While hopes have risen that a vaccine will end the current COVID-19 pandemic with UK Government approval, timing still remains uncertain along with concern over how long some businesses may survive. The impact of global and local lockdowns has been severe and with annual economic growth now lower than during World War 2, despite record Government borrowing to support economies, it is generally expected that corporate insolvencies will ultimately increase. Declining or close to zero revenue in certain sectors will have put direct pressure on companies’ cash flows but also indirectly, pressure will be felt as suppliers to those businesses also take action to protect the survival of their own businesses.
Based on the Companies Registry in the Isle of Man, to date, insolvent liquidations (either creditors’ voluntary liquidations (“CVLs”) or court appointed) as shown below remain at similar levels to the past 3 years.
This analysis will however only include companies where liquidators have been appointed. The number of companies which have ceased trading as a result of the pandemic, and are unable to repay creditors, may be much higher. In these cases, the directors may have been unable to afford the services of a liquidator or creditors consider recovery prospects to be remote. The Isle of Man is vulnerable to corporate abandonment in these circumstances, as there is no government appointed Official Receiver to act on behalf of the wider creditor base.
What is noticeable from the data above is the significant spike in the number of solvent or Members’ Voluntary Liquidations (MVLs) over the past 12 months. From 2019 to date, it shows an increase of 325% in MVLs, which relate to the winding up of a solvent company.
This is an unprecedented number and has not been witnessed in the past decade. Whilst Economic Substance requirements will have contributed to this sharp increase in Isle of Man MVLs, the link to COVID-19 is perhaps not immediately obvious but it is possible that the current environment has also contributed to the rise.
Outdated or obsolete companies
An MVL is typically used to wind up the affairs of a company when its original purpose becomes outdated or it has no further use. Often once a company has ceased trading or if perhaps it was set up to hold properties and the properties are subsequently sold, it can sit dormant for many years. Taking steps to formally close the company may often be low on the list of priorities for the directors, however the benefits of doing so shouldn’t be overlooked.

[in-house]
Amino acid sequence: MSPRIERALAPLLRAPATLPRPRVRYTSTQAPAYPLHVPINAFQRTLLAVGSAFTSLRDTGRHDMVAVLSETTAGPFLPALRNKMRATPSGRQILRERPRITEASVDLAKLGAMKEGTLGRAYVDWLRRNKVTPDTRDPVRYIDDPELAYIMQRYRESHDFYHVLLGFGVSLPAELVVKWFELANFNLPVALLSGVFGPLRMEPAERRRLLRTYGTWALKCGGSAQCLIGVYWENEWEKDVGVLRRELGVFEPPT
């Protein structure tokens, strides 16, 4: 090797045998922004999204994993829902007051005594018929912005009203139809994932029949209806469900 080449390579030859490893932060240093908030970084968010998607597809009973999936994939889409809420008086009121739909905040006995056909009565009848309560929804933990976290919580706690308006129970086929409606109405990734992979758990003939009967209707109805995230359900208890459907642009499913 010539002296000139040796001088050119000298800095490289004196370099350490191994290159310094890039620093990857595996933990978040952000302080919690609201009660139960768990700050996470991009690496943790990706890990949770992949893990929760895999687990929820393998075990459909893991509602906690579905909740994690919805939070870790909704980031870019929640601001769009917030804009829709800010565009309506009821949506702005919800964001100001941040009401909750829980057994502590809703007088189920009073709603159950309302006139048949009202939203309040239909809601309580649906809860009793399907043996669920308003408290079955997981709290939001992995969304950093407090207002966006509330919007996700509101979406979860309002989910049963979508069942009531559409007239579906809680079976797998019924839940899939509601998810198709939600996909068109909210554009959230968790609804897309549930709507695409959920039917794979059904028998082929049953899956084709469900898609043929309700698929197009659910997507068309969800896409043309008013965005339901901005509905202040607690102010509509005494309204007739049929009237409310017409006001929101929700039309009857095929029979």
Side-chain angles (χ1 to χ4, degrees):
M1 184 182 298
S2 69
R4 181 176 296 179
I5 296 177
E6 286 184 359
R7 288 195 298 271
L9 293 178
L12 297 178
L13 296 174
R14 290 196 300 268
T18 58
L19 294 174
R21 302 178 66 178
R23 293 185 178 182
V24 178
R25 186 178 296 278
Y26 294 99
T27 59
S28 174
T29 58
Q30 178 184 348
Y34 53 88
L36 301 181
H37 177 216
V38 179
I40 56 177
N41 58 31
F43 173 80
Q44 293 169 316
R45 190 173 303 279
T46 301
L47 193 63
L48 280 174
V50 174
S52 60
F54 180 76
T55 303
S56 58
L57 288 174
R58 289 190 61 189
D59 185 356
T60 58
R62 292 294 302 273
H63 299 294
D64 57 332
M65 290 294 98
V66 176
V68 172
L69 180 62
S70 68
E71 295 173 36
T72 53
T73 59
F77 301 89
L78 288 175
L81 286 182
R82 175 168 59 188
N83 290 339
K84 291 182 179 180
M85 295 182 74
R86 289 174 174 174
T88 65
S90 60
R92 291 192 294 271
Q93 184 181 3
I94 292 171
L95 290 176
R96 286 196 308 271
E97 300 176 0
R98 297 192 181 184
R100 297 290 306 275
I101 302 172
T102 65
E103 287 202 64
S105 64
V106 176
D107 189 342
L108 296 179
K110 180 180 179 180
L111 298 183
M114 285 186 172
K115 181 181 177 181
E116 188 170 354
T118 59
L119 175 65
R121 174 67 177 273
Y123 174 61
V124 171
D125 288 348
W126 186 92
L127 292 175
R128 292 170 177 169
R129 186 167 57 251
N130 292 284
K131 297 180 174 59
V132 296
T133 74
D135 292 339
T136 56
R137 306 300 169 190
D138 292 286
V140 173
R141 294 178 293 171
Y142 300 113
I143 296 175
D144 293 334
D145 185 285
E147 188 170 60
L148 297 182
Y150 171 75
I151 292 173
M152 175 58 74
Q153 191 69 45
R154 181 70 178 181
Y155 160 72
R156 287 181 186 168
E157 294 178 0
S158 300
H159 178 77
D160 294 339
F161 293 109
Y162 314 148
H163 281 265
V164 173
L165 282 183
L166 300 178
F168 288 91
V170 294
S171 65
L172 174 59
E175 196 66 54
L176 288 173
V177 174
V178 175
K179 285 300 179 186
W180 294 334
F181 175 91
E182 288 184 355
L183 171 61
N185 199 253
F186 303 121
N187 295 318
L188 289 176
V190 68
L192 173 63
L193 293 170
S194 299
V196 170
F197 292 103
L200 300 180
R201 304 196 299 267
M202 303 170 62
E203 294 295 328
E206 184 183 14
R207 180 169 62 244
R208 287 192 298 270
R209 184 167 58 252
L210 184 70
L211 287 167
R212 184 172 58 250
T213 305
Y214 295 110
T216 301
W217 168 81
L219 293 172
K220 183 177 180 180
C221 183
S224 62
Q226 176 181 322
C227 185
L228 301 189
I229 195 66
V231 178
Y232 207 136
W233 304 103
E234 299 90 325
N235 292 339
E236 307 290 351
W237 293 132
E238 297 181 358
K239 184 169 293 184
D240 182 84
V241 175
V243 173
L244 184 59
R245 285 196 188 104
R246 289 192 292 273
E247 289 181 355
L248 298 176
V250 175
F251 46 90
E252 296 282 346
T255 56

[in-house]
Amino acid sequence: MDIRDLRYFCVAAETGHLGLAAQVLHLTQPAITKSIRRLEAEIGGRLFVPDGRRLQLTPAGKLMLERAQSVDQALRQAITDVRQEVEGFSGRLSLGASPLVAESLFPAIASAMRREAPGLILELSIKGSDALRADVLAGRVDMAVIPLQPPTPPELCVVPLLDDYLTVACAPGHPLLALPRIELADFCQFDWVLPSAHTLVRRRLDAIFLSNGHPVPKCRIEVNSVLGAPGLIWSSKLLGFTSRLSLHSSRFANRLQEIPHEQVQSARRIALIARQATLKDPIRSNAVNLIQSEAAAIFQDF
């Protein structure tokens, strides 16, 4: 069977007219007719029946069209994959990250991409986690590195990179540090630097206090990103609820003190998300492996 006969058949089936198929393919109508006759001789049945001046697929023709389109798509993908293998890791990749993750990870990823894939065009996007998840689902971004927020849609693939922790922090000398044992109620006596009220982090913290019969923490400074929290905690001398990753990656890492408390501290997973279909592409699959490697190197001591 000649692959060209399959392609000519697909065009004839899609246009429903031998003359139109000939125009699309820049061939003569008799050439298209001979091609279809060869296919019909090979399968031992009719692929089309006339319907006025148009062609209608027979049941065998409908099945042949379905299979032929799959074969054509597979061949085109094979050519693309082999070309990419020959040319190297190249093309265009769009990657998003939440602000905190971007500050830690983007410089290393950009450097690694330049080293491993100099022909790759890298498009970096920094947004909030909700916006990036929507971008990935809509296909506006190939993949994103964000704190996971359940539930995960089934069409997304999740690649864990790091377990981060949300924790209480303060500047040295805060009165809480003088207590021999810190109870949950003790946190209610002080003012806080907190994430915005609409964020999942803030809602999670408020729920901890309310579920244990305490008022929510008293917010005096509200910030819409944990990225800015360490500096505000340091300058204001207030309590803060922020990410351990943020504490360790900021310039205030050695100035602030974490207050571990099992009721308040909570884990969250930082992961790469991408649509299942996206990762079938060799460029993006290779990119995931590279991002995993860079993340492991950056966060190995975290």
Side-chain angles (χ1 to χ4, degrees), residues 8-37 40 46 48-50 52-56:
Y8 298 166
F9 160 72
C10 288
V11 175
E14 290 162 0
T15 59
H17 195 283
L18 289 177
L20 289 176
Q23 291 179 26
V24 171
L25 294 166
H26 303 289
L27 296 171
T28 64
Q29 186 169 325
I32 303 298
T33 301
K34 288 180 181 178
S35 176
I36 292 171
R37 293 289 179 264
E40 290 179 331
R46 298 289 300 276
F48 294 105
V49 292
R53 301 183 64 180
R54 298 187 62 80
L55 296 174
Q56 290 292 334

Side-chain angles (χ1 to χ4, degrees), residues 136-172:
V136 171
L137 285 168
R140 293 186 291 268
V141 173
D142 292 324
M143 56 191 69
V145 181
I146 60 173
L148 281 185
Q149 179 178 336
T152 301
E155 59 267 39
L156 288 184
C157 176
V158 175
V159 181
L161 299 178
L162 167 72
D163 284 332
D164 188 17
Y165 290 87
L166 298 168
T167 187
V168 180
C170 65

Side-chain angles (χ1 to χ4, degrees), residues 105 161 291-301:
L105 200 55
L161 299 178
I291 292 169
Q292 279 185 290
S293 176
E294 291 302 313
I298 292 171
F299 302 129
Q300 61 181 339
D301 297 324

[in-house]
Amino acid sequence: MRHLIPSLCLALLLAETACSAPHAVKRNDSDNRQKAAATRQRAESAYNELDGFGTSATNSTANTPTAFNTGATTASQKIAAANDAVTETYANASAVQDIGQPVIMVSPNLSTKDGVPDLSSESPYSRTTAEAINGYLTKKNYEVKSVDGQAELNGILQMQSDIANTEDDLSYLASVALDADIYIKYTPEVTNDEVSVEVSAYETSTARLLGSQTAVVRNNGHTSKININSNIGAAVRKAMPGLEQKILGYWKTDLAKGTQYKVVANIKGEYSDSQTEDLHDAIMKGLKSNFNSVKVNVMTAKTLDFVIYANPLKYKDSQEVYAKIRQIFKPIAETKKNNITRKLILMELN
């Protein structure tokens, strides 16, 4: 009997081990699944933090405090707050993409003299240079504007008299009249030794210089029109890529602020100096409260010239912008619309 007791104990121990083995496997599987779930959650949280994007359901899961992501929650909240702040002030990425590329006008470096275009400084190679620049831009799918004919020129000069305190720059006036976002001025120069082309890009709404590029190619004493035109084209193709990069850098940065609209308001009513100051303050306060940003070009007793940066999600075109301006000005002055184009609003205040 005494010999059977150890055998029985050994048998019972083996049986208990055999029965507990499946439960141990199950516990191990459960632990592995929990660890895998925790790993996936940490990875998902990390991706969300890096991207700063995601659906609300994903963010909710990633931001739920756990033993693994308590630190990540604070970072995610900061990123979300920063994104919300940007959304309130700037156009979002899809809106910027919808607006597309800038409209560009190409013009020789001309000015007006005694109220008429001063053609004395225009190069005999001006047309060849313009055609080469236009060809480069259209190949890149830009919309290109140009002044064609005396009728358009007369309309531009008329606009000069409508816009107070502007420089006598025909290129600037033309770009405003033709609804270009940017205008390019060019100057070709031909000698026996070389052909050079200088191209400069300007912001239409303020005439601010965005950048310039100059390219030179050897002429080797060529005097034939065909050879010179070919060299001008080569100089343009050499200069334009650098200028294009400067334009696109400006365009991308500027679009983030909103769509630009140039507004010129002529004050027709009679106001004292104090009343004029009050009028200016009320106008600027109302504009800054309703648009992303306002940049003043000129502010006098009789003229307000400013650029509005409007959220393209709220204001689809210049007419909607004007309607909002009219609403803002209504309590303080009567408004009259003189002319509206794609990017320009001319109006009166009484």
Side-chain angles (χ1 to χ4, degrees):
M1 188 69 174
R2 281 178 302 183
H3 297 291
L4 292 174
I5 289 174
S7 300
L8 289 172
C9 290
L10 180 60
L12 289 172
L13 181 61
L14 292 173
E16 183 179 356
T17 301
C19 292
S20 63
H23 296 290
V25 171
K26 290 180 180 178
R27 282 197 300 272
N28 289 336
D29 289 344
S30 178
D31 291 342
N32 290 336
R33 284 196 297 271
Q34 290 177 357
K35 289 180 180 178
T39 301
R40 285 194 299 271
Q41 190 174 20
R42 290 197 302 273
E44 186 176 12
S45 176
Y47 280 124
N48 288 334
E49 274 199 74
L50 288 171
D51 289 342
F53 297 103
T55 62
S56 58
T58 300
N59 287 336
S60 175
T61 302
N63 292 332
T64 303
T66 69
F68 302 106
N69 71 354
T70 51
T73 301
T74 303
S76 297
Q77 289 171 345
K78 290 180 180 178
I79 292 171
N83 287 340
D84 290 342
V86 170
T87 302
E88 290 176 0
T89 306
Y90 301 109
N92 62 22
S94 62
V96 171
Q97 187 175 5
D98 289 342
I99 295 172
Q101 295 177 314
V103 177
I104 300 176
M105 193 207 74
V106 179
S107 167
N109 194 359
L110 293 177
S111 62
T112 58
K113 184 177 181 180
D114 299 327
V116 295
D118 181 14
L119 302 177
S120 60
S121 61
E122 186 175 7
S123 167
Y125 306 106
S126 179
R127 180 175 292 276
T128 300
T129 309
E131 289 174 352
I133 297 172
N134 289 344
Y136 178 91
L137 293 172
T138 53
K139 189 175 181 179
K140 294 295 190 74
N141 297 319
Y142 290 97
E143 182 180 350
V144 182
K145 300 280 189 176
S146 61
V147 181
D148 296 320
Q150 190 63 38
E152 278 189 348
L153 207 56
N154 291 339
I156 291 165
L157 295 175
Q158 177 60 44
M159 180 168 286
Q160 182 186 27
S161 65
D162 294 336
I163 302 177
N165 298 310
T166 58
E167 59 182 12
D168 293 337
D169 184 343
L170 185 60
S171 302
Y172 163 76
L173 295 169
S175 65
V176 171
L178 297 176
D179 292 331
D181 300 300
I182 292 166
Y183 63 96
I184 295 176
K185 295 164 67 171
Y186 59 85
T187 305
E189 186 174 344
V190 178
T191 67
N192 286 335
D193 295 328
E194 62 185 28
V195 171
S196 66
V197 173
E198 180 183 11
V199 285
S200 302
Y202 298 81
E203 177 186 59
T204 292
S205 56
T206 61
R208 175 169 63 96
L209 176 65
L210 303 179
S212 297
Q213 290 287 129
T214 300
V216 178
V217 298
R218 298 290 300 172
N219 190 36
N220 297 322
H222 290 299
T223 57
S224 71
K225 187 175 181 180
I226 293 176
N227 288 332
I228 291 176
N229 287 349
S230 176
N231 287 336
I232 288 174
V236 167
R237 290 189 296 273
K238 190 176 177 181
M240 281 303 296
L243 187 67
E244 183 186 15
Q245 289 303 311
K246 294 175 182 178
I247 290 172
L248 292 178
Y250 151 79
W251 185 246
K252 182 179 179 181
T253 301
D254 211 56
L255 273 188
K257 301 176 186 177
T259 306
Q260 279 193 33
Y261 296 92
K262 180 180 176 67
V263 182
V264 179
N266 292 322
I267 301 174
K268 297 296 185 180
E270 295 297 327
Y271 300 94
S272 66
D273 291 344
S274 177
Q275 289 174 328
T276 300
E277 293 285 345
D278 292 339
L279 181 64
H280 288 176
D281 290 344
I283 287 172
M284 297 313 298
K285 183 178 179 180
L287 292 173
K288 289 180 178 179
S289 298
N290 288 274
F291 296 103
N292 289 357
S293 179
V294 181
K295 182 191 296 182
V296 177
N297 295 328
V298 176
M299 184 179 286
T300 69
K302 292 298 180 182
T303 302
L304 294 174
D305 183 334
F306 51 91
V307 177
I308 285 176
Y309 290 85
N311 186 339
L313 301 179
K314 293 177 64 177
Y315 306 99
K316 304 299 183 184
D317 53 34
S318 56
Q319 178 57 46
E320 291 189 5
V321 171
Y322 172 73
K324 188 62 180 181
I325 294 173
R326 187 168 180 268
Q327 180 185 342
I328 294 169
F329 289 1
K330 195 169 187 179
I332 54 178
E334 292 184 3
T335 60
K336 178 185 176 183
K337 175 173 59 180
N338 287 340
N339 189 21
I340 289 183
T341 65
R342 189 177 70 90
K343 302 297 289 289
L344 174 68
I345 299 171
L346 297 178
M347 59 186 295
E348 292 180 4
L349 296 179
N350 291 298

Marie Kondo for Companies?
The significant increase in MVLs may relate to corporate simplification of group structures. Frequently these will have evolved over time, often because of acquisitions or inclusion of Special Purpose Vehicles set up for tax, legal or other reasons. This can in time result in unduly complex or unwieldy structures which can in turn put a strain on management resources, with additional reporting requirements and operating inefficiencies. Ultimately the group structure may lose transparency which can be problematic for both management and investors.
The pandemic, together with changes to Economic Substance requirements, will have forced organisations to seek greater efficiencies and cost reductions. One such action is corporate simplification. This aims to identify and eliminate non-trading or redundant companies in order to achieve a simpler group structure resulting in efficiencies and cost savings. The cost of management time is difficult to quantify but there will be direct costs of maintaining group companies such as corporate service providers, audit fees, tax and potentially penalties for late filings.
As well as cost savings, other benefits achieved by eliminating companies either by directors’ dissolution or MVL can in turn increase transparency, improve governance and can reduce risk.
One of the key considerations when eliminating a company by either directors dissolution’ or MVL is identifying and assessing a company’s liabilities (existing and known, potential or contingent), particularly those which are not disclosed in accounts and may arise where termination of a company’s activities is contemplated. If companies are left dormant over a long period of time, potentially individuals involved in setting up the company or are an integral part of the activities may no longer be available, resulting in a fading corporate memory. This may result in key considerations for determining whether a company is solvent to be more challenging.
Without continued financial support and ongoing pressures from the Covid-19 pandemic there will undoubtedly be companies which will not survive in their current form. Whilst the number of insolvencies in the Isle of Man has remained low for 2020 to date, the start of 2021 could be quite different with financial pressures increasing from the build-up of arrears of outstanding rent, tax or loan repayments which companies have put off paying to ease their cashflow. It is important to note that given the activities of Isle of Man companies may be extra-terratorial, they are not limited to local causes. If directors of groups have not already taken steps to consider rationalising their structure, given the long-term outlook, now is the time to act.